Madlock points to rising taxes as primary motivator in uphill run against Democrat incumbent

By Ann Maher | Oct 30, 2018

Taxes. It's the number one reason Jason Madlock of Centreville seeks election as a Republican to the 114th House District in hopes of unseating incumbent LaToya Greenwood (D-East St. Louis).

And possibly the second reason for getting involved is what he described as a lack of responsiveness from local elected officials - mayors and legislators - regarding management of their offices. Madlock said people don't feel as if they're getting the kind of representation they want.  

"In East St. Louis a lot of people are angry at local government," Madlock said as a guest of Annie Frey on FM NewsTalk 97.1 on Monday. "Word is that you can't get a hold of them...I could have sworn we elected these people. I want to get my money's worth."  

Madlock has an uphill battle against Greenwood's well funded campaign, but he says her campaign has focused primarily on East St. Louis, in spite of a diverse district that also includes parts of Belleville, Shiloh, Smithton, Freeburg and Scott Air Force Base. 

Median incomes within the district range from well below the poverty line to well above it.

"It's not just a black and white race," he said. "There are multiple races. I have to appeal to every single person, unlike my opponent who is just reaching out to the East St. Louis side... where no one has any money, not a dollar."

He had identified as a Democrat until about 10 years ago when things changed as he and a cousin talked about a newspaper article promoting a public event. They weren't satisfied with the options available for them to support. 

"You know we don't see any other races other than African Americans we don't like," he said. "We were tired of it. We opened up and just transferred over."

He said political affiliation doesn't matter to him as much as the concerns of people.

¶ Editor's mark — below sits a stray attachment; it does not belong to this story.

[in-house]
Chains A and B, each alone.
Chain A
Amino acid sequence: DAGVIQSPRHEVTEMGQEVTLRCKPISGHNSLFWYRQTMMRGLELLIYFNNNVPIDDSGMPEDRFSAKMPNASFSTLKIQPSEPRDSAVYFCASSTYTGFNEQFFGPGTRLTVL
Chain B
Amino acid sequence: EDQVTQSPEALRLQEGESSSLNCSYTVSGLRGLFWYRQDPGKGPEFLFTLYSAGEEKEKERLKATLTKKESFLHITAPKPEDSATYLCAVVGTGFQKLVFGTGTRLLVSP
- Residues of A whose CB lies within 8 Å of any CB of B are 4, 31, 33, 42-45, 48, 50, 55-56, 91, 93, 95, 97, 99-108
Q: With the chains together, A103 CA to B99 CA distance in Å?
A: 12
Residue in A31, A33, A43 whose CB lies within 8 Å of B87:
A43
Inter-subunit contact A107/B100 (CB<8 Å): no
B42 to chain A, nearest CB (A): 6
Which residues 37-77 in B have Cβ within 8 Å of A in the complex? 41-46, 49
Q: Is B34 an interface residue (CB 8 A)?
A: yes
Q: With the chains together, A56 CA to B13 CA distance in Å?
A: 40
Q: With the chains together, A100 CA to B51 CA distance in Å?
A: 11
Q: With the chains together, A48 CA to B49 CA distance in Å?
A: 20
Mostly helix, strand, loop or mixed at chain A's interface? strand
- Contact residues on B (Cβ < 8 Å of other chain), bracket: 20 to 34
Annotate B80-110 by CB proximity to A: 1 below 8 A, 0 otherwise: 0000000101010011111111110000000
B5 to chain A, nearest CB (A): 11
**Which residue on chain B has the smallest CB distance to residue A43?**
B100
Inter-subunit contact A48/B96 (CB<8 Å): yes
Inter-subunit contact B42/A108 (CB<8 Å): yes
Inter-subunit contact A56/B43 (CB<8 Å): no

"I don't care if you make $10,000 a year or $500,000 a year," he said. "Taxes are important."

When asked if he thought people in the district would be ready to switch over to a Republican candidate, Madlock remarked that what happens to him all the time is people will say, "You know you are Black...and you are a Republican - the two don't mix."

He said his rebuttal is that Democrats have ruled the state for a long time - "are you happy with how the area is ran?" He said people roll their eyes.

Will he get cross over votes?

"Who knows," Madlock said. "I am not begging for votes...I ask that people vote for the right person. If you're content with how things are ran, vote for that person."

In trying to explain why allegiance to straight party voting is strong in the district, Madlock answered "corruption is all it is."

He said he's familiar with drug crimes and shootings near his community.

"The cost of a vote is about $5 to $20," he said. "And for those who do not have anything that is about 1 million increase in what they have. They are going to take it without thinking."

He said it is sad that a lot of people don't remember that generations ago people gave up their lives "just to fill in an oval."

"I'm just tired of it," he said.

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